Before concluding the introduction, let us clarify the title of this review. As explained above, the MSSM can be made lepton flavor violating by introducing nonzero off-diagonal terms in the soft SUSY breaking terms for the sleptons. These LFV sources will be present in any supersymmetric model that includes the MSSM. In contrast, in this review we will consider a scenario to be beyond the MSSM if it contains additional LFV sources besides those in the MSSM. With this definition, the three specific supersymmetric scenarios discussed in this review fall within this category.
This review is organized as follows: in Section 2 we give an overview of the current experimental situation and briefly discuss some projects that will take place in the near future. Then we review the LFV phenomenology of three different types of models beyond the MSSM: high-scale seesaw models (in Section 3), low-scale seesaw models (in Section 4), and models with R-parity violation (in Section 5). Finally, we conclude in Section 6.
2. Current Experimental Situation and Future Projects
The search for LFV is soon going to live a golden age given the upcoming experiments devoted to high-intensity physics (see [15–17] for recent reviews). In addition to the LFV searches already taking place in several experiments, new projects will join the effort in the next few years.
In what concerns the radiative decay li→ljγ, the experiment leading to the most stringent constraints is MEG. This experiment, located at the Paul Scherrer Institute in Switzerland, searches for the radiative process μ→eγ. Recently, the MEG collaboration announced a new limit on the rate for this process based on the analysis of a dataset with 3.6×1014 stopped muons. The nonobservation of the LFV process led to the limit BR(μ→eγ)<5.7·10-13 [18], four times more stringent than the previous limit obtained by the same collaboration. Moreover, the MEG collaboration has announced plans for future upgrades. These will allow reaching a sensitivity of about 6·10-14 after 3 years of acquisition time [19]. This is of great importance, as this observable along with the experimental sensitivity currently provides the most stringent limit on LFV parameters in many models.
The most promising improvements in the near future are expected in μ→3e and μ-e conversion in nuclei. Regarding the former, the decay μ→3e was searched for long ago by the SINDRUM experiment [20], setting the strong limit BR(μ→3e)<1.0·10-12. The future Mu3e experiment announces a sensitivity of ~10^{−16} [21], which would imply an impressive improvement by 4 orders of magnitude. As for the latter, several experiments will compete in the next few years, with sensitivities for the conversion rate ranging from 10-14 to an impressive 10-18. These include Mu2e [22–24], DeeMe [25], COMET [26, 27], and the future PRISM/PRIME [28]. In all cases, these experiments will definitely improve on previous experimental limits.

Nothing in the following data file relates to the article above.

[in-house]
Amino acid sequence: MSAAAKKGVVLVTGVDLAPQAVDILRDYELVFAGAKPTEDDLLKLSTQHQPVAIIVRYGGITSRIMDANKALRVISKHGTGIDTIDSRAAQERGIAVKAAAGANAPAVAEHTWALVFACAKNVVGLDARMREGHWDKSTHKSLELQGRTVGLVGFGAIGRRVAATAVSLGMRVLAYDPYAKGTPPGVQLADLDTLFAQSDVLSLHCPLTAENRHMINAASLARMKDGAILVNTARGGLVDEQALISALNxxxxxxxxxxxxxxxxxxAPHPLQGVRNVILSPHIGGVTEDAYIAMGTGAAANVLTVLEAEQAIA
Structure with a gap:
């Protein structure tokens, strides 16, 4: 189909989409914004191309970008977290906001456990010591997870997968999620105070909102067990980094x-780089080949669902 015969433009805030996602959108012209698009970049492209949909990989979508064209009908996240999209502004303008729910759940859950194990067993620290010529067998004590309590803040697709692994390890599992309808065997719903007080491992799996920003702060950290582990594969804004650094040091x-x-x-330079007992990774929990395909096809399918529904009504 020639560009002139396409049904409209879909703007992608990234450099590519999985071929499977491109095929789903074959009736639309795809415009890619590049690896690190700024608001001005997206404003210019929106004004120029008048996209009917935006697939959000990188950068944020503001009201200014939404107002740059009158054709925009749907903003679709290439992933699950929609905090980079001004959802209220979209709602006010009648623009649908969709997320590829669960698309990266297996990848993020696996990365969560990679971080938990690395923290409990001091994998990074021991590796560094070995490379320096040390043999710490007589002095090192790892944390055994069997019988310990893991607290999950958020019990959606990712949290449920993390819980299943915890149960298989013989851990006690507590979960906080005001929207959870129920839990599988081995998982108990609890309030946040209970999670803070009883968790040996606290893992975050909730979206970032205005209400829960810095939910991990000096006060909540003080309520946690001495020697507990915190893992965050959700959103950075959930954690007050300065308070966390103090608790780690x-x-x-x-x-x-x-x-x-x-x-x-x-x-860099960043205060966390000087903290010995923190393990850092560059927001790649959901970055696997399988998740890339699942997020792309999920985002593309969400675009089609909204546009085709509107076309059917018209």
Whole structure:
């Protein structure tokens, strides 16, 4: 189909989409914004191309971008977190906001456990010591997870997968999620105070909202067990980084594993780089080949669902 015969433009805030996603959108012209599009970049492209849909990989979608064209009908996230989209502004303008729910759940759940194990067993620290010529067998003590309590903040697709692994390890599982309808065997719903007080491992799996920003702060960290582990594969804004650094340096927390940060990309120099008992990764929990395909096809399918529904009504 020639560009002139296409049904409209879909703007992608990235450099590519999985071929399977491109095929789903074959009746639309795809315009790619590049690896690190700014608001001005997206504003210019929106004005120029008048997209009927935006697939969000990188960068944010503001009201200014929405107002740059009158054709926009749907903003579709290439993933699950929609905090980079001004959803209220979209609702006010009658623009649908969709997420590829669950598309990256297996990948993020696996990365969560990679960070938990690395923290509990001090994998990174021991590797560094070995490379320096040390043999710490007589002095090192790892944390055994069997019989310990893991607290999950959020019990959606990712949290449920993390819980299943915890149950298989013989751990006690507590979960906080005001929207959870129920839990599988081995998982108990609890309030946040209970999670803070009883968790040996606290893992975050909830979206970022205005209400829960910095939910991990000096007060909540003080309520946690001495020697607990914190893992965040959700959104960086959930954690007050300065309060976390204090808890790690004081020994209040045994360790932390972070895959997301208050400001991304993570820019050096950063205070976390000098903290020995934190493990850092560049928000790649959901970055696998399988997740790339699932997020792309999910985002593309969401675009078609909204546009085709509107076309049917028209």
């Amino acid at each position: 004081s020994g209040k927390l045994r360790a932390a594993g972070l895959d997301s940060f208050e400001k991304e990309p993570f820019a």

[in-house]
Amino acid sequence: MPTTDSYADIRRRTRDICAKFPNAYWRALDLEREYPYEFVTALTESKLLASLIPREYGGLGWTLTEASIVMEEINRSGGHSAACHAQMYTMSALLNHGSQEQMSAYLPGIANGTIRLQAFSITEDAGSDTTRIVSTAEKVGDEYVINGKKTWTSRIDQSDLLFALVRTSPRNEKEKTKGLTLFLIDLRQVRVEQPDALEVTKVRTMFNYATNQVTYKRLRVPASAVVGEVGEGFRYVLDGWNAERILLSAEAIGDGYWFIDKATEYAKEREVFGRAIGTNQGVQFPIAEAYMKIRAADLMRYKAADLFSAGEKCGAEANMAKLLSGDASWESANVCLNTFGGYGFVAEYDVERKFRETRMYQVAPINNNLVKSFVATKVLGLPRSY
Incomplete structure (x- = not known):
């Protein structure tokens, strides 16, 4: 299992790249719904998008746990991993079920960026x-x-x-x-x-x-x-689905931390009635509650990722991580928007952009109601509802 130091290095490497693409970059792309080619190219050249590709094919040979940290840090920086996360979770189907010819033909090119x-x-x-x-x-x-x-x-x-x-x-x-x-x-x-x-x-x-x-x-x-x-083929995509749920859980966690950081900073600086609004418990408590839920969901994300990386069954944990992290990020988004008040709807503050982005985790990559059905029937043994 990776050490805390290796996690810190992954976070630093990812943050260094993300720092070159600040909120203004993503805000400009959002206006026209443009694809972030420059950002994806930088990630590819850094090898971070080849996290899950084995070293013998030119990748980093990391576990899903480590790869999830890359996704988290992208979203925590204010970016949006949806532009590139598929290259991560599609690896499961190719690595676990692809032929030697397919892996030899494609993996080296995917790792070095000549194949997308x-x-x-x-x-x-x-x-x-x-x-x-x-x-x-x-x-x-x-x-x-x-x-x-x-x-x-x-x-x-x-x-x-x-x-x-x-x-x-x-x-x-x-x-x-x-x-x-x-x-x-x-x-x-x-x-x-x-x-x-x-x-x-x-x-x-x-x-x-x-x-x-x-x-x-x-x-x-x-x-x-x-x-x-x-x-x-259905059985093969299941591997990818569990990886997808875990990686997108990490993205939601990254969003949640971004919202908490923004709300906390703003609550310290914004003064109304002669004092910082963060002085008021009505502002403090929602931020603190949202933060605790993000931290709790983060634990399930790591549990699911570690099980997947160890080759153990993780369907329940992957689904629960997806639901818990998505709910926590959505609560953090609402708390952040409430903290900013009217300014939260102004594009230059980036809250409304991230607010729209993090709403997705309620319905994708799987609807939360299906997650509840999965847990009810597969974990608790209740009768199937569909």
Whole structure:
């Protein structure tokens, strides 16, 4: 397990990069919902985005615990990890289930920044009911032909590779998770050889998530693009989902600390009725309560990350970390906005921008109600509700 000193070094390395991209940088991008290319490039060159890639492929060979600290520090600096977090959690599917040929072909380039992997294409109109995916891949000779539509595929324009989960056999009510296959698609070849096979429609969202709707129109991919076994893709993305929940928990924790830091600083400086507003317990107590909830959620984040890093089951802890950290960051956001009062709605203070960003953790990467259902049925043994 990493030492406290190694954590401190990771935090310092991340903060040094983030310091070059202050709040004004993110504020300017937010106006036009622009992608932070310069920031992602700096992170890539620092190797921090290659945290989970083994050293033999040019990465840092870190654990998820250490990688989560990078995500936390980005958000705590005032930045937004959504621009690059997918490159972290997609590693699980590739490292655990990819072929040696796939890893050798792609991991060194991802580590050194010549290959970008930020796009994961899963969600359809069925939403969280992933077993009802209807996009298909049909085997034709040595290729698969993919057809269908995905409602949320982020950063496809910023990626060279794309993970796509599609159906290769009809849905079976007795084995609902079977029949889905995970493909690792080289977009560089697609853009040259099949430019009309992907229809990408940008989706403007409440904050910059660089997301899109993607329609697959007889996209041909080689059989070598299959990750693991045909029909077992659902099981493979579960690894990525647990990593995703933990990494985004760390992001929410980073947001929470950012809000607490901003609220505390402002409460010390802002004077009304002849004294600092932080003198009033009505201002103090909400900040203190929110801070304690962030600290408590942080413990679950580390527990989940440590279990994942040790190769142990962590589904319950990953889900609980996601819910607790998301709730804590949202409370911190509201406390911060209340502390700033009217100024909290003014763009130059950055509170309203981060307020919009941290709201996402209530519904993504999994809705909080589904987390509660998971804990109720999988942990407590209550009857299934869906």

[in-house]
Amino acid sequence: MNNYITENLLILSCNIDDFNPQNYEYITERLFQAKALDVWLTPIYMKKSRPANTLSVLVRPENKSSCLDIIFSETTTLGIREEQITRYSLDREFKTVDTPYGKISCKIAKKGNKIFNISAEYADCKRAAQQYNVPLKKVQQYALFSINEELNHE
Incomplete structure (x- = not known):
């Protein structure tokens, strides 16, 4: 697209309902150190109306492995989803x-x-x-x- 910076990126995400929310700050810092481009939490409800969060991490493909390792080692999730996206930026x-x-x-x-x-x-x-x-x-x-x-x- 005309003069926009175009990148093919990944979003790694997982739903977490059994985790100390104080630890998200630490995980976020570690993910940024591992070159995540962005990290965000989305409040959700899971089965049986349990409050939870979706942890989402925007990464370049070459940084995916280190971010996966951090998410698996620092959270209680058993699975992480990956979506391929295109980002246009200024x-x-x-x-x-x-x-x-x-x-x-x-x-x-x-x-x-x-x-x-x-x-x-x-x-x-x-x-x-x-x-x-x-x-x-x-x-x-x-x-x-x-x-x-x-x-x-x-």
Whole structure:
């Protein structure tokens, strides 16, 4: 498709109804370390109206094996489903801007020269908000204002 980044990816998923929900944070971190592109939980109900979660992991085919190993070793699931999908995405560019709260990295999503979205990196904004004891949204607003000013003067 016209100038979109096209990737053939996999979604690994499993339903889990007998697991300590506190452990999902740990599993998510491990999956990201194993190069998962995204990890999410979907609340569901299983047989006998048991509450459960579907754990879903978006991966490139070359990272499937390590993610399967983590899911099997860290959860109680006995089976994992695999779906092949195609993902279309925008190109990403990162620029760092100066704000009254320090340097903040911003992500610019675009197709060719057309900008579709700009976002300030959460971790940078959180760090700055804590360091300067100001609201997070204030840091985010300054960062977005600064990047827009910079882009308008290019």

The limits for τ observables are less stringent, although significant improvements are expected from B factories like Belle II [29, 30]. Finally, although the most common way to search for LFV is in low-energy experiments, colliders can also play a very relevant role looking for LFV processes at high energies. The LHCb collaboration reported recently the first bounds on τ→3μ ever obtained in a hadron collider [31]. Furthermore, the CMS collaboration recently found an intriguing 2.4σ excess in the h→τμ channel which translates into BR(h→τμ)=0.84-0.37+0.39% [32]. For reference, in Table 1 we collect present bounds and expected near-future sensitivities for the most popular low-energy LFV observables.
Current experimental bounds and future sensitivities for the most important LFV observables.
LFV process
Present bound
Future sensitivity
μ→eγ
5.7×10-13 [18]
6×10-14 [19]
τ→eγ
3.3×10-8 [34]
~3 × 10^{−9} [29]
τ→μγ
4.4×10-8 [34]
~3 × 10^{−9} [29]
μ→eee
1.0×10-12 [20]